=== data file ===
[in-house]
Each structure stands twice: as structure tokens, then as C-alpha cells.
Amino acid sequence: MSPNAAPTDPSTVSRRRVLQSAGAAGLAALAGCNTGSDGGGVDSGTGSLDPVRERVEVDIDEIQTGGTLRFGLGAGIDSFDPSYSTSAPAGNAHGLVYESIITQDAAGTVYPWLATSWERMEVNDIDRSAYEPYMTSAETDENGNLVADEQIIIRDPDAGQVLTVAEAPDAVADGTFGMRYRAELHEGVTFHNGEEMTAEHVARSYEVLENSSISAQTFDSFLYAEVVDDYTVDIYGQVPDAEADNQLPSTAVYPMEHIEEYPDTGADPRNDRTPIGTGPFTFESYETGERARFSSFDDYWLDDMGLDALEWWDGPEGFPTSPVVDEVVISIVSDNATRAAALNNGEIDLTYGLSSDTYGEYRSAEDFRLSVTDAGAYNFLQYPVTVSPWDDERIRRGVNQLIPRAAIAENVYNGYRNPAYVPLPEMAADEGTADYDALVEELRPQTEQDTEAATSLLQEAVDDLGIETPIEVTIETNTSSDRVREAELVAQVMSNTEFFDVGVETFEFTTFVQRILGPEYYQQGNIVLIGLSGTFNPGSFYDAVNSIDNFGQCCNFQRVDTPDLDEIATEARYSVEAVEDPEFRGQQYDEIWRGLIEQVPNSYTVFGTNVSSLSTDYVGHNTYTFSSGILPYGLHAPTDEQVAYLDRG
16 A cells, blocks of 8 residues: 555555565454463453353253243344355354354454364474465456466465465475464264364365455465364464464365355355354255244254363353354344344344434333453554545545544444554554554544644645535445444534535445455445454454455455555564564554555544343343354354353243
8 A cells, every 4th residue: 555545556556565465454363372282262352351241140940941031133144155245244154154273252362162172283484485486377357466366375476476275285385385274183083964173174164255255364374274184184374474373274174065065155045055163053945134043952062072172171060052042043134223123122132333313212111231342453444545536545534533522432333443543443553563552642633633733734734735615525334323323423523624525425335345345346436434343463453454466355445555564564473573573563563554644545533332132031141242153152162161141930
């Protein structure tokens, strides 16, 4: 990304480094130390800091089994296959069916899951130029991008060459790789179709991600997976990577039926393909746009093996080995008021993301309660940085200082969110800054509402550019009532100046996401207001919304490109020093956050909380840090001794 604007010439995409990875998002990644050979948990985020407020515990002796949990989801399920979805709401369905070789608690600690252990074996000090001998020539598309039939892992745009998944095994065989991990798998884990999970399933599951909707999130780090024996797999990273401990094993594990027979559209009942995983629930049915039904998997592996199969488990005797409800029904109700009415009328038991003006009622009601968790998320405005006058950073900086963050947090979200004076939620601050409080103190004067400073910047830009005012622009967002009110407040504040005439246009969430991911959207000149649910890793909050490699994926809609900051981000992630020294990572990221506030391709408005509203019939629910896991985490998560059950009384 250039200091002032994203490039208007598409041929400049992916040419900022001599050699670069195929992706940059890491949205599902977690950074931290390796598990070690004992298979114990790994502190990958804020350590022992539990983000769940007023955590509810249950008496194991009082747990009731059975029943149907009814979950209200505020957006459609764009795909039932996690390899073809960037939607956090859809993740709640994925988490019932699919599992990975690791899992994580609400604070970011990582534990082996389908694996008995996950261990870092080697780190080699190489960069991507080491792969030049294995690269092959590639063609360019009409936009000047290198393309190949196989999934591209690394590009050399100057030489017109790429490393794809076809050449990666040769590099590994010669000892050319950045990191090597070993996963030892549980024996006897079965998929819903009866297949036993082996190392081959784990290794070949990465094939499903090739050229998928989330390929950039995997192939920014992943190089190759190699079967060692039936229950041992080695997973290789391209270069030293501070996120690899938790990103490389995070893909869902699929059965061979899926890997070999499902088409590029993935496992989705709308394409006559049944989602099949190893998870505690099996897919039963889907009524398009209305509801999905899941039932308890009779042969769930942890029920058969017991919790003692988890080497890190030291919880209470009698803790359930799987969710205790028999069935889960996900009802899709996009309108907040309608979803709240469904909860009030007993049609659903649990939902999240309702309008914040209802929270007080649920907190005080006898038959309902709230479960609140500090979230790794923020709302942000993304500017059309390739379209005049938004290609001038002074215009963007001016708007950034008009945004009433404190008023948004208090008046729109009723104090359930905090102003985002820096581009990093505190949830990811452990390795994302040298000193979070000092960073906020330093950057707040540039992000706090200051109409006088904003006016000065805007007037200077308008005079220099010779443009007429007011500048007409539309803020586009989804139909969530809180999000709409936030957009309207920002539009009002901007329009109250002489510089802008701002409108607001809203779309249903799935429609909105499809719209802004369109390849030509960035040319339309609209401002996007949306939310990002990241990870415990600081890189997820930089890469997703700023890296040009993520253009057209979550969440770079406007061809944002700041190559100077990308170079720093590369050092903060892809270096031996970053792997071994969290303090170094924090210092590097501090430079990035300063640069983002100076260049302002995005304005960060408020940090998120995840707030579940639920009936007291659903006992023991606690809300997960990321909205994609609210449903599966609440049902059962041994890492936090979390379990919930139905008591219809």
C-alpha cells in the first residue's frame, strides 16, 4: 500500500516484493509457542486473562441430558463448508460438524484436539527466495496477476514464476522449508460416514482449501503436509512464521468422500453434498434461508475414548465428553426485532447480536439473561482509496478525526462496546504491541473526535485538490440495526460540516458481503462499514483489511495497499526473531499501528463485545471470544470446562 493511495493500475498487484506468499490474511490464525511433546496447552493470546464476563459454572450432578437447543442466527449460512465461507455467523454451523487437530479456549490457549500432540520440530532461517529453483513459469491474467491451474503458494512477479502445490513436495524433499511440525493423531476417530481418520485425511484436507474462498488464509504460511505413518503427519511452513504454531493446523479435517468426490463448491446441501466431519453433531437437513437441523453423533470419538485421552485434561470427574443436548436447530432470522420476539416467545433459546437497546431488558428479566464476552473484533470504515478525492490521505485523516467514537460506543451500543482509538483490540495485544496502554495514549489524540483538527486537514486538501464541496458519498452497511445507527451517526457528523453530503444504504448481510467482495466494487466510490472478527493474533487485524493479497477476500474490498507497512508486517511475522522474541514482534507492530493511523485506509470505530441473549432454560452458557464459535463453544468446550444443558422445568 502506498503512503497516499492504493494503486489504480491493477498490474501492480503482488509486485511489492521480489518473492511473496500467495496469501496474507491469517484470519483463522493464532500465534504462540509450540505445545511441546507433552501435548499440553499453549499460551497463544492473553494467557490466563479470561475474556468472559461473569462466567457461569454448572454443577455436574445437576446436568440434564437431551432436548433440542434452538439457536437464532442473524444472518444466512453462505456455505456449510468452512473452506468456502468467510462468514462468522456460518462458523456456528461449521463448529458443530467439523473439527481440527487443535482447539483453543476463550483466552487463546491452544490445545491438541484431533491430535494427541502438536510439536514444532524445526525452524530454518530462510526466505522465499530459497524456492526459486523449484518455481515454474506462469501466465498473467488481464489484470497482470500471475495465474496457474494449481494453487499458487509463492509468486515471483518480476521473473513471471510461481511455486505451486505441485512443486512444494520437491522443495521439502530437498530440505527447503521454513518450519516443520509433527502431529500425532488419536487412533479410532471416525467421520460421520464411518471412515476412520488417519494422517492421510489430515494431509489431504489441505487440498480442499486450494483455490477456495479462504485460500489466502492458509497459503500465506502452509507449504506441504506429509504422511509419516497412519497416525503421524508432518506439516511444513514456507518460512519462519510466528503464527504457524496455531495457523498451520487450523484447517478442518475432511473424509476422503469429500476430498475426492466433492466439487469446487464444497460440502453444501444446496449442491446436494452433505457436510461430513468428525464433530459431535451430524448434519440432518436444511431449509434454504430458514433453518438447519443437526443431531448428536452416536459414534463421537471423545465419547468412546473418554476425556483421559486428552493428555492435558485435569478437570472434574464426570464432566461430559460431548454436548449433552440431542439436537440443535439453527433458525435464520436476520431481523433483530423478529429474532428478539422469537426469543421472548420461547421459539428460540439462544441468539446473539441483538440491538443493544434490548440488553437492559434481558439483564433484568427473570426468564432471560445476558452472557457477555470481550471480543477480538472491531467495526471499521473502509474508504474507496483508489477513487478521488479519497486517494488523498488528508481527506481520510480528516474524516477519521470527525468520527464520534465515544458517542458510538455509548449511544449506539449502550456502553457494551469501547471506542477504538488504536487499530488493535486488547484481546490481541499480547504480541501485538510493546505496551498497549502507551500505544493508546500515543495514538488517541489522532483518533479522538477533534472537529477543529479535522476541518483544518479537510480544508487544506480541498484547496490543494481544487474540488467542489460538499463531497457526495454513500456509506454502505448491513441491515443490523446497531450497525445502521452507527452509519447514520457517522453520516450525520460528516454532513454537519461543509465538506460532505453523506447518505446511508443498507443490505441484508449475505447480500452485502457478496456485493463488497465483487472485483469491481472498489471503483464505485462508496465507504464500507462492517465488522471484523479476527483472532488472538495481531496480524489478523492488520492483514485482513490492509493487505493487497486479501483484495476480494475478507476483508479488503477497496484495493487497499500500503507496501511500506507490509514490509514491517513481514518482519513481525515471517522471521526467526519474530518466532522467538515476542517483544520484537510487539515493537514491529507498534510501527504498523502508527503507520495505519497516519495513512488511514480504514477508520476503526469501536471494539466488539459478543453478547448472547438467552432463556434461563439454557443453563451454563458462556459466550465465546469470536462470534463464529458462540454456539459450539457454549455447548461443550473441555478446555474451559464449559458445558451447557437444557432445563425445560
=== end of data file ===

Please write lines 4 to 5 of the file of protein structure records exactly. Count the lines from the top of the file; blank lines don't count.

16 A cells, blocks of 8 residues: 555555565454463453353253243344355354354454364474465456466465465475464264364365455465364464464365355355354255244254363353354344344344434333453554545545544444554554554544644645535445444534535445455445454454455455555564564554555544343343354354353243
8 A cells, every 4th residue: 555545556556565465454363372282262352351241140940941031133144155245244154154273252362162172283484485486377357466366375476476275285385385274183083964173174164255255364374274184184374474373274174065065155045055163053945134043952062072172171060052042043134223123122132333313212111231342453444545536545534533522432333443543443553563552642633633733734734735615525334323323423523624525425335345345346436434343463453454466355445555564564473573573563563554644545533332132031141242153152162161141930